Below is the ideal locations of the sensors for this project (2-leads are missing though, the yellow color shows where the sensors should be for the intercostal muscles)
- Saturation of oxygen using pulse oximetry will provide additional layer of diagnosis(insert 95% here)
Initial target goals (based on needs, opportunities and other influences)[edit | edit source]
Based on our survey, the device needs to be lightweight for athletes and the elderly. No heavier than 2-2.5 lbs. The device needs to perform at a level of low percent error, less than 2%. This is because our utmost goal is to save lives from heart attacks, asthma attacks, or exercising your body over your limit.There is an opportunity to make it stand out from the plethora of other biomedical devices; we will include a signaling system. Once the device can detect all the symptoms of a heart attack, it will light up red and emit a powerful sound, and a different color will light up if someone is getting an asthma attack. We plan on adding a temperature sensing system, which will have the abilities to sense your body temperature, and send heat waves across your body, through radiation or wiring. The temperature aspect is a bit far-fetched, and will add a bit more weight onto our device, but it's still possible to achieve. We conducted a survey, asking students at the gym, professional athletes, and the elderly questions about previous products, recommendations, and other reviews. This survey has helped us determine the primary functions of our device.
As you can see, for the elderly, they already contain a plethora of medical devices, which is why not a lot of them would need it. Weight is a factor that was highly spoken of; thus, weight needs to be low.
System performance metrics[edit | edit source]
Medical devices will be used to compare readings and the sensors will be calibrated accordingly to match the requirements below. We will use percent error to calculate the accuracy.
Defining Function, Concept and Architecture[edit | edit source]
Necessary system functions[edit | edit source]
The system will have the following functions:
- Measure your pulse rate with sensors within +/- 2%;
- Monitor your respiratory rate within +/- 5%;
- Measure your oxygen saturation using pulse oxymetry (spO2) with a 95%-accuracy;
- Emit a light or a sound to warn you when those vitals are out of range considered normal;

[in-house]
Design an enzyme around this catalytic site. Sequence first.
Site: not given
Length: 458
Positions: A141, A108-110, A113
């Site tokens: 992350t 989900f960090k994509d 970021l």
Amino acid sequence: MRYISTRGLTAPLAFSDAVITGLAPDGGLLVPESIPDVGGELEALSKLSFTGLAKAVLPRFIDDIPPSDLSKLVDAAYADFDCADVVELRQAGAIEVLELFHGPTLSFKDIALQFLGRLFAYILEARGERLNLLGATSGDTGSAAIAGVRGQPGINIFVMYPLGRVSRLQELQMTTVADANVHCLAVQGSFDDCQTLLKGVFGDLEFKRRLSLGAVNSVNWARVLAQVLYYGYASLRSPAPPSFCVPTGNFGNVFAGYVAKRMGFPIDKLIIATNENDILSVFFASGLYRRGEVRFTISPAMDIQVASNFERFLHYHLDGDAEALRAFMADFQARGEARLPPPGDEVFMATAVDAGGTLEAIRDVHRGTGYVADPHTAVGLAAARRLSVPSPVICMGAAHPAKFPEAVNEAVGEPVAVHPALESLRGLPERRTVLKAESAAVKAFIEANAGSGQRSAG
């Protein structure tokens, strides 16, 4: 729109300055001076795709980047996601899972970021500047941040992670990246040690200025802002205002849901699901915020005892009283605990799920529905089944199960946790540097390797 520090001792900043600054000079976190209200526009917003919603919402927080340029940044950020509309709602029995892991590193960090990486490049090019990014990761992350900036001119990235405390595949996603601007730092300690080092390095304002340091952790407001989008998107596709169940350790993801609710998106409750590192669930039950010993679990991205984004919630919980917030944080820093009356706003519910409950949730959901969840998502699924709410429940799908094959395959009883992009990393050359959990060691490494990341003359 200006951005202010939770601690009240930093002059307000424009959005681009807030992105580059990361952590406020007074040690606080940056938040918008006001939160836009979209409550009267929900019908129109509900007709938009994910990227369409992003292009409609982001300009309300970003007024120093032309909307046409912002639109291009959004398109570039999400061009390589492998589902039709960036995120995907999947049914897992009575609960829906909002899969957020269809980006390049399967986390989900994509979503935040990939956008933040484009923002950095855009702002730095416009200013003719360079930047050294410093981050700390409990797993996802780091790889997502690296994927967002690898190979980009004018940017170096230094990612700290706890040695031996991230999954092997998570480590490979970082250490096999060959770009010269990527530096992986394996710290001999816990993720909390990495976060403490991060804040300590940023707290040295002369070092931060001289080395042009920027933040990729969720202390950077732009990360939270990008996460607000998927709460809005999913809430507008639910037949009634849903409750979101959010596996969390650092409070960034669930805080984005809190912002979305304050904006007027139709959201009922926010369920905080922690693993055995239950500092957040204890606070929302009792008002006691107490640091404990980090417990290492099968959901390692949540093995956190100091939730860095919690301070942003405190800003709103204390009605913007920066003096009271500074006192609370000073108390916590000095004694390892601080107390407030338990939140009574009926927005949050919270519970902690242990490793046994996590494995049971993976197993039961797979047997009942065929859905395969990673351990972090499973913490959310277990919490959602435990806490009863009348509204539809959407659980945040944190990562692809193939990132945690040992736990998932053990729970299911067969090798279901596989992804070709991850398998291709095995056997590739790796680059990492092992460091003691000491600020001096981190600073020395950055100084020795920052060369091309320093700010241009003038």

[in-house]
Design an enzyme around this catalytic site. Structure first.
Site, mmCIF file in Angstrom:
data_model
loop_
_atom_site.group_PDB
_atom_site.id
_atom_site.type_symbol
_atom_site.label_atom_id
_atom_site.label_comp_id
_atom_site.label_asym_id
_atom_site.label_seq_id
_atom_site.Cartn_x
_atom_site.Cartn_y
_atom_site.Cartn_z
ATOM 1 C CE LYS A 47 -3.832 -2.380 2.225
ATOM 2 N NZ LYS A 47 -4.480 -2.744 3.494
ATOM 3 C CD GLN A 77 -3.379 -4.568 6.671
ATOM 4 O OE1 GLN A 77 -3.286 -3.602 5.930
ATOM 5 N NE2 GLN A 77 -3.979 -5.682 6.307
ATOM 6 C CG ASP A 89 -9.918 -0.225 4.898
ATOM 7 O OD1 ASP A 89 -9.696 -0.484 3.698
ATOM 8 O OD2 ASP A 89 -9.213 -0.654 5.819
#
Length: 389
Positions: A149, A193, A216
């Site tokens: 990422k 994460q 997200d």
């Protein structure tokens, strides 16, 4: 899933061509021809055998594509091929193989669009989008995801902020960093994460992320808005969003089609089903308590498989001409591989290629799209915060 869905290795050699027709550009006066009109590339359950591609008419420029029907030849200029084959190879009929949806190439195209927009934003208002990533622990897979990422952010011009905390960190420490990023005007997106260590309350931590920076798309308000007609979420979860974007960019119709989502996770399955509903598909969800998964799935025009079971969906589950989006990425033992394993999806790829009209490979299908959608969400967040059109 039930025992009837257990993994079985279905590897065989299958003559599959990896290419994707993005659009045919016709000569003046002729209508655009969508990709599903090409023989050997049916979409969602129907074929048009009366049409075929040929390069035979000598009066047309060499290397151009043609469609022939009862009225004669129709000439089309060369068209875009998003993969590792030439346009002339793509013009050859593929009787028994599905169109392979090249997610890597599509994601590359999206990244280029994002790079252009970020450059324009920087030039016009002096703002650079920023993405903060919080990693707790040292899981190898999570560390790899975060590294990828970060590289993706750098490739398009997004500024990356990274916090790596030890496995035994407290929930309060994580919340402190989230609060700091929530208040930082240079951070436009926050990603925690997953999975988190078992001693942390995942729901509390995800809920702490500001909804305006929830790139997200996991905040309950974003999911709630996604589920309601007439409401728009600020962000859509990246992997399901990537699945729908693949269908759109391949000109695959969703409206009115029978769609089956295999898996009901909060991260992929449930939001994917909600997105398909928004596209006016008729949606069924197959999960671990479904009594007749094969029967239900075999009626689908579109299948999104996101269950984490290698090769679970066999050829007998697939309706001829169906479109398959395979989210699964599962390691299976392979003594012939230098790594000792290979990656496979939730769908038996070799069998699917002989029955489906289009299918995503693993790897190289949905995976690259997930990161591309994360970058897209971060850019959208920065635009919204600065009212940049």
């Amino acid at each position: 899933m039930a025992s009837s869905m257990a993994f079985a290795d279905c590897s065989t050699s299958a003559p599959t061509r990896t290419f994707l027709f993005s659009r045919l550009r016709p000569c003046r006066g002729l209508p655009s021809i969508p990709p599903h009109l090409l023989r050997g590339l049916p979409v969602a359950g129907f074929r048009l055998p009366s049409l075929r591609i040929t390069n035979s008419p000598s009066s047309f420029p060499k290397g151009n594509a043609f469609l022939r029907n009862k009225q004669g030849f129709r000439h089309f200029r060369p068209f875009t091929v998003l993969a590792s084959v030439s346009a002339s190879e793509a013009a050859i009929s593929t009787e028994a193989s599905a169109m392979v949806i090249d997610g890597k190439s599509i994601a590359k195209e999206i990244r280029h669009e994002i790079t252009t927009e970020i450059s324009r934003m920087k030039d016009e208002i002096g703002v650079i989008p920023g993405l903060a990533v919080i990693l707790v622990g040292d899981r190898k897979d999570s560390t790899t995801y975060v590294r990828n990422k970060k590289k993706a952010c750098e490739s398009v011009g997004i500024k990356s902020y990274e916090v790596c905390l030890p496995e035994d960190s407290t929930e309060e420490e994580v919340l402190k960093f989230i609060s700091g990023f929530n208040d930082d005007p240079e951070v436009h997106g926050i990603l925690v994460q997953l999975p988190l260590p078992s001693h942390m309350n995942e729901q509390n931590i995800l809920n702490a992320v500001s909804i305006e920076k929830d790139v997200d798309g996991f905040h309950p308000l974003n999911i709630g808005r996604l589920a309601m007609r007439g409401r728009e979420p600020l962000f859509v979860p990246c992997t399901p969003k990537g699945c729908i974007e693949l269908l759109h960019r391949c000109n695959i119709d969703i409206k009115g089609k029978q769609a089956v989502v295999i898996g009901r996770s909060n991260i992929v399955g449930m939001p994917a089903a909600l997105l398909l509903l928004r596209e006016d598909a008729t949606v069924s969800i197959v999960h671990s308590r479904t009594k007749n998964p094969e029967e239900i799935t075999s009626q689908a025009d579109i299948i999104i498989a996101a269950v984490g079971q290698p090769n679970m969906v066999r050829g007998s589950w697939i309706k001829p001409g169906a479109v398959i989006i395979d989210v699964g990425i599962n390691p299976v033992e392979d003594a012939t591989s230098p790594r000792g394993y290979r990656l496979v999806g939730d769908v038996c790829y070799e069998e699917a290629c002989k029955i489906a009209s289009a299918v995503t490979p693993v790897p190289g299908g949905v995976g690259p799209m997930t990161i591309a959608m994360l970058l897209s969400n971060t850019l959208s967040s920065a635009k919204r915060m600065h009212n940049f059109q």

- Weigh less than 1.5 lbs;
- Insulation to maintain circuitry and for the user comfort.
System concepts[edit | edit source]
We will measure these three main vitals:
- pulse rate/Temperature Rate
- respiratory rate
- Pulse oximetry and saturation of oxygen (SpO2)
Trade-offs among concepts[edit | edit source]
High level architectural form and structure[edit | edit source]
The decomposition of form into subsystems, assignment of functions to subsystems, and definition of interfaces[edit | edit source]
Each major vital is a subsystem.
Modeling of System and Ensuring Goals Can Be Met[edit | edit source]
Appropriate models of technical performance[edit | edit source]
Performance will be measured based on testing, and will not be modeled.
The plan of implementation and operations[edit | edit source]
Trade-offs among various goals and functions[edit | edit source]
There are two main trade-offs that conflict with the system requirements:
- With the amount of sensors we need, connected to a certain platform, the weight could easily go over 1.5 lbs.
- For testing, we need other medical devices to compare our results with them which will calculate percent error. It could be time - consuming obtaining the other medical devices.
Development Project Management[edit | edit source]
Project cost and schedule[edit | edit source]
For the e-Health sensor platform, it will cost about $100. The rest of the sensors will be around $10. Schedule depends on other students' work.
Project cost[edit | edit source]
Schedule[edit | edit source]
- revisit requirements for all sensors to find incompatibilities, constraints or necessary adjustments;
- reverse engineer existing devices
- come up with a design and alternatives for each vital and set up a final budget for necessary parts.
Estimation and allocation of resources[edit | edit source]
Risks and alternatives[edit | edit source]
The shield is a good development tool but it is not medical certified. Texas Instruments seems to have solutions as well. Implementing wireless might help us calibrate the sensors and use software to simplify measurements.
Next Steps[edit | edit source]
The next phase will be the design phase. It is recommended that students will start with the e-health V2.0 sensor platform, and use sensors made for measuring our system goals.